Privacy is the Eighth P in the Eight Ps of Relationshipping. In my last article I did not elaborate on Privacy, only to say let your customers control their data and reward them for it. My purpose here is to say the wise C Suite needs to watch that Congress is taking this on by moving the ADPPA act to the House Floor. My charge to you is GET AHEAD OF THE CURVE. The drama to enact a law will play out, and will be messy, but federal privacy action will come. Waiting to see what it is will put you way behind the curve. Following is a very brief description of the goings on to this point.
As you know the EU has already put restrictions on the use of private data with the GDPR – General Data Protection Regulation. The GDPR sets out seven key principles:
- Lawfulness, fairness, and transparency.
- Purpose limitation
- Data minimization
- Storage limitation
- Integrity and confidentiality (security)
According to the law these seven principles should undergird any organization’s approach to processing personal data.
Elements of the GDPR have been picked up and deployed in state laws, most notably in California.
In briefly touching on the ADPPA my focus here will not be on the tension over state preemption and federal dominance (one key issue), but the other being the private right of action. Democrats and Republicans have fought over this. Conservatives, to protect business, want a very simple federal law that overrides strict laws like the one in California. Democrats want individual citizens to be able to sue businesses over privacy violations, and of course Republicans don’t want that. There is also a push to modernize and upgrade what in the past was covered by COPPA, Children’s Online Privacy Protection Ruling. ADPPA wants to add penalties for using minors’ data in “willful disregard” of their age to clean up loopholes.
Surveys have indicated that interactive users are comfortable sharing personal information with brands if the use is clear and the promise is made not to share the data. Shoppers and buyers want trust. Successful brands reward customers for their data, and trust is built up through experience. Breaches of data push people away from the brand – as a CEO, CMO or head of sales, having personal data in our enterprise hacked is a nightmare leading to lost customers and revenues.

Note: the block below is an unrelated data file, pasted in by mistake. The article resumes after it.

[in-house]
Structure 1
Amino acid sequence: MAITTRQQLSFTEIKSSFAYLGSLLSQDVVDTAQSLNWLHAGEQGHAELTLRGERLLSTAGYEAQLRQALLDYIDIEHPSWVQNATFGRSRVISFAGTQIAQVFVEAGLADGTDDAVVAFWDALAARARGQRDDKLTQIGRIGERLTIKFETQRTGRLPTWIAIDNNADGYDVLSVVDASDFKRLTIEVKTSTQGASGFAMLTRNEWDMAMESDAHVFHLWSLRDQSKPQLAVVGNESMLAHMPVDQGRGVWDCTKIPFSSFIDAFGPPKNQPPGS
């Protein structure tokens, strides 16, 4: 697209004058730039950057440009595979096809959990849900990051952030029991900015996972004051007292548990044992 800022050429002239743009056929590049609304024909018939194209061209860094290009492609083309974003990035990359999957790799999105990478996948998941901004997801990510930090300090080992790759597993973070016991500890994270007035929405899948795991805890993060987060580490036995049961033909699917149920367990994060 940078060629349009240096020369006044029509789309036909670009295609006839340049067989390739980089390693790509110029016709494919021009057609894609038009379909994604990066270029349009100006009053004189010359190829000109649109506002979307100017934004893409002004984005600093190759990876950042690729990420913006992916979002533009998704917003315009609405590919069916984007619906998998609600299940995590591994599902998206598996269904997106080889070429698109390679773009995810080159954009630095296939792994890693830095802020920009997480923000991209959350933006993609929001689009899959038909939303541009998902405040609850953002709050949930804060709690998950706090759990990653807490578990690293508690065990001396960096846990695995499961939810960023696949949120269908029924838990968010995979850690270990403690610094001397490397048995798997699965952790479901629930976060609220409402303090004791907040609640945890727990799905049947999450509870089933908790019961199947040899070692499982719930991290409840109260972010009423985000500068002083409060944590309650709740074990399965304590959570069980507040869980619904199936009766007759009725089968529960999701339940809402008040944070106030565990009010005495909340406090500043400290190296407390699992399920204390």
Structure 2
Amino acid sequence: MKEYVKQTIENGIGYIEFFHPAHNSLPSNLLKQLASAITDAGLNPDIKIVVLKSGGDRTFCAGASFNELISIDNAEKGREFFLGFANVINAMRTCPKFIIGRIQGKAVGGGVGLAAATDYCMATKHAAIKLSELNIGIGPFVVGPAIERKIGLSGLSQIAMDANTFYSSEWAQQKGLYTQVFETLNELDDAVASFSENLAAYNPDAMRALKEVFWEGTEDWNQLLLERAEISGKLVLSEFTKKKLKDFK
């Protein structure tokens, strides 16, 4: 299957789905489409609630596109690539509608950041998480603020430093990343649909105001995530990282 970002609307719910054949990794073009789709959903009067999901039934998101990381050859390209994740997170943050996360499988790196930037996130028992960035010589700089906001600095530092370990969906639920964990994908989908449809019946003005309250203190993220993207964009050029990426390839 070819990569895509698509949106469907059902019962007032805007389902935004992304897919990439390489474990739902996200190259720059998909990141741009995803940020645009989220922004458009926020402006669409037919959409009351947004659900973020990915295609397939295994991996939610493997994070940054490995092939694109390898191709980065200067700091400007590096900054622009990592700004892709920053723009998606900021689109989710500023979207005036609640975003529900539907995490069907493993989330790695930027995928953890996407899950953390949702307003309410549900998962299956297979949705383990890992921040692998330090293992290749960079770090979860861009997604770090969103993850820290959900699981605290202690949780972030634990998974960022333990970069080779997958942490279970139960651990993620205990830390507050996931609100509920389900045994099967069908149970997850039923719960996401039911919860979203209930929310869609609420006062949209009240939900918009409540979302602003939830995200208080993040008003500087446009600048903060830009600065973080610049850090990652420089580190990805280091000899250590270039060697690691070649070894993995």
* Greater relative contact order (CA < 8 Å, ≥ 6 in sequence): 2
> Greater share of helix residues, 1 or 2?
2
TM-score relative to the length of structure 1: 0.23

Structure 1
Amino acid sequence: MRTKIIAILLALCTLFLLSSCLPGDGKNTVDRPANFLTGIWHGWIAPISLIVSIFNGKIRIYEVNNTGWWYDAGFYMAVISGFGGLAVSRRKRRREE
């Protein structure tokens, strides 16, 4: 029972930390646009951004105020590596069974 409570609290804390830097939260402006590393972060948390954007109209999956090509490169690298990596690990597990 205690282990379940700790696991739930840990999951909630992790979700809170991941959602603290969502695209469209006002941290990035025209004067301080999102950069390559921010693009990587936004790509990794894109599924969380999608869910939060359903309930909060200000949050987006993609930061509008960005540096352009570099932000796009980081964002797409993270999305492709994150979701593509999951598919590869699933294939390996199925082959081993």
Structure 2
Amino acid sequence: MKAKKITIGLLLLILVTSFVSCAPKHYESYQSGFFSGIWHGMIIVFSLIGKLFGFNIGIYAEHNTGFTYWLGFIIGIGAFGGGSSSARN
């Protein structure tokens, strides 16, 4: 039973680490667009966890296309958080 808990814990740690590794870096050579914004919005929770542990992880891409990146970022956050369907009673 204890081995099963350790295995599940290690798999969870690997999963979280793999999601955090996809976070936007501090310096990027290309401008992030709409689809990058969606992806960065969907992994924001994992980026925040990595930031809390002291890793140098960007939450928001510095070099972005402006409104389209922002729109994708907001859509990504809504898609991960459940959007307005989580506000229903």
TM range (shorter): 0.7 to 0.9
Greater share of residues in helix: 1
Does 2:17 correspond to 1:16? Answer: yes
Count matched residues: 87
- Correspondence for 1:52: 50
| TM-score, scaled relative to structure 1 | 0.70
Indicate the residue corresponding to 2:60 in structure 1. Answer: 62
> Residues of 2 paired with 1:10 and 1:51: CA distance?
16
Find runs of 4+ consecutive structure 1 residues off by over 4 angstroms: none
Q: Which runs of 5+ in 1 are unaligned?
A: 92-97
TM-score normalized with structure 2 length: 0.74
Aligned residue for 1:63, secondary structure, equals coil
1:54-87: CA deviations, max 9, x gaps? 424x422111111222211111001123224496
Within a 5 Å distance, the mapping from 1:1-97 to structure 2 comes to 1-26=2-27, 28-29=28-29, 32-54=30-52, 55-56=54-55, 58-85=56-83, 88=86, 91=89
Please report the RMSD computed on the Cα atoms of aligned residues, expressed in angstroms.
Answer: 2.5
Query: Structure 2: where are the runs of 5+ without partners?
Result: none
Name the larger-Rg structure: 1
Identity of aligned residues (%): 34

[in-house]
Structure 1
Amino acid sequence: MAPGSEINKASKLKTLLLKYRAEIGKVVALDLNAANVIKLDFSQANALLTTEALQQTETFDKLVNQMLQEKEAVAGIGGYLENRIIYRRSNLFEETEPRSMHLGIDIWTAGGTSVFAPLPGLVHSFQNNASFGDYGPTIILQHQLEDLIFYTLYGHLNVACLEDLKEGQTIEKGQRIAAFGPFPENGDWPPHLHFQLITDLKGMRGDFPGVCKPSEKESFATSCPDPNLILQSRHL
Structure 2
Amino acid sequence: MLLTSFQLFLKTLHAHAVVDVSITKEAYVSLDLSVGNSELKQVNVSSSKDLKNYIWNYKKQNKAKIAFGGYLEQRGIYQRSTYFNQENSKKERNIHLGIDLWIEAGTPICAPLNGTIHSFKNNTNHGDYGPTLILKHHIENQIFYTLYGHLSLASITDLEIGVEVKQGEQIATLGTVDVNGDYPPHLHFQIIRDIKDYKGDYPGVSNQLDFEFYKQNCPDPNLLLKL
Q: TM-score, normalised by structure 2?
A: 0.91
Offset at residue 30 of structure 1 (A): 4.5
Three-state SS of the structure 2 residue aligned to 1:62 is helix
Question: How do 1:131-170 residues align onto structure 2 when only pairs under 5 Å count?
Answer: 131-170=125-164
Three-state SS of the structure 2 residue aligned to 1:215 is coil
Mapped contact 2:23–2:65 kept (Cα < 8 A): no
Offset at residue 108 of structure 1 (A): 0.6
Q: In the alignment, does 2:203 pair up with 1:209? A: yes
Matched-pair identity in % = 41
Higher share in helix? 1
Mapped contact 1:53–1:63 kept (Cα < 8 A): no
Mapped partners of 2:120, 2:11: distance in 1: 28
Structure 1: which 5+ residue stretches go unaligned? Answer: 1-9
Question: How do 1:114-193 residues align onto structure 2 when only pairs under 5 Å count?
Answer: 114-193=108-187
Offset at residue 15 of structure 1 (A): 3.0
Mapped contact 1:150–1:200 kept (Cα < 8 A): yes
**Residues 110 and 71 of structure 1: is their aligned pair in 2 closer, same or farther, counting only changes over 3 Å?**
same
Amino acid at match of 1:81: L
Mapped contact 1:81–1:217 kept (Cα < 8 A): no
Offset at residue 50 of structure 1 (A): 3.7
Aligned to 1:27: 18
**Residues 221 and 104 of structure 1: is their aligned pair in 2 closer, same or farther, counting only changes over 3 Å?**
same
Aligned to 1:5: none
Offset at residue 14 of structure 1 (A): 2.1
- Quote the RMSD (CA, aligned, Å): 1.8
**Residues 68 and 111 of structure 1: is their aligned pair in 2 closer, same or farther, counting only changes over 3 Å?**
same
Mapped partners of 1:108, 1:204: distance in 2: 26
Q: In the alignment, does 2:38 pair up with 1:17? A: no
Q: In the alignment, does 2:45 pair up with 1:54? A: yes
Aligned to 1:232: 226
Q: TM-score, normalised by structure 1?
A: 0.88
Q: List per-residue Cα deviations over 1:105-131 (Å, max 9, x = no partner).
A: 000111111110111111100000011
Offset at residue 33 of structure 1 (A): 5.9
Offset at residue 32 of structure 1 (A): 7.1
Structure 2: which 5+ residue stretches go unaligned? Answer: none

Relationshipping encourages you to begin the conversation by offering a promise to prospects who would have a relationship with your brand. In plain English: “If you allow us to use your personal interactions with our brand to serve you better, we promise to give you control of your data on our platforms, never to share this data with outside entities without your permission and to deploy the highest data security measures possible to prevent hacking.”
As Chairman of the Direct Marketing Association, and as a Board Member, I spent years advocating with members of Congress for sensible privacy legislation. The issue has been in lawmaker’s hands since computers and databases came along years ago. We always sought a balance between protection and preserving using data for efficiently delivering relevant content.
People’s fear of harm from their data being used improperly almost always exceeds any actual harm. But audiences rarely understand how data is used to make their navigation of products and services relevant and efficient.
From the brand perspective, my recommendation remains: full transparency, full control for the customer, and full effort to ensure security of data.
The pace of change in our new Martech world is breathtaking. It has changed how the brand is bonding with customers and serving them. It emphasizes the need for a robust and personally focused CDP for the enterprise. More important though, it changes marketing into Relationshipping.
George Wiedemann was founder and CEO of Grey Direct for 21 consecutive years of worldwide growth; CEO of pioneer Silicon Valley email platform Responsys; and CEO of The DRUM Agency. He is founder and CEO of Relationshipping Consulting, focusing on bringing efficiencies to large-scale enterprises through deep budgetary analysis and process alignment. George is also a frequent contributor to TheCustomer.
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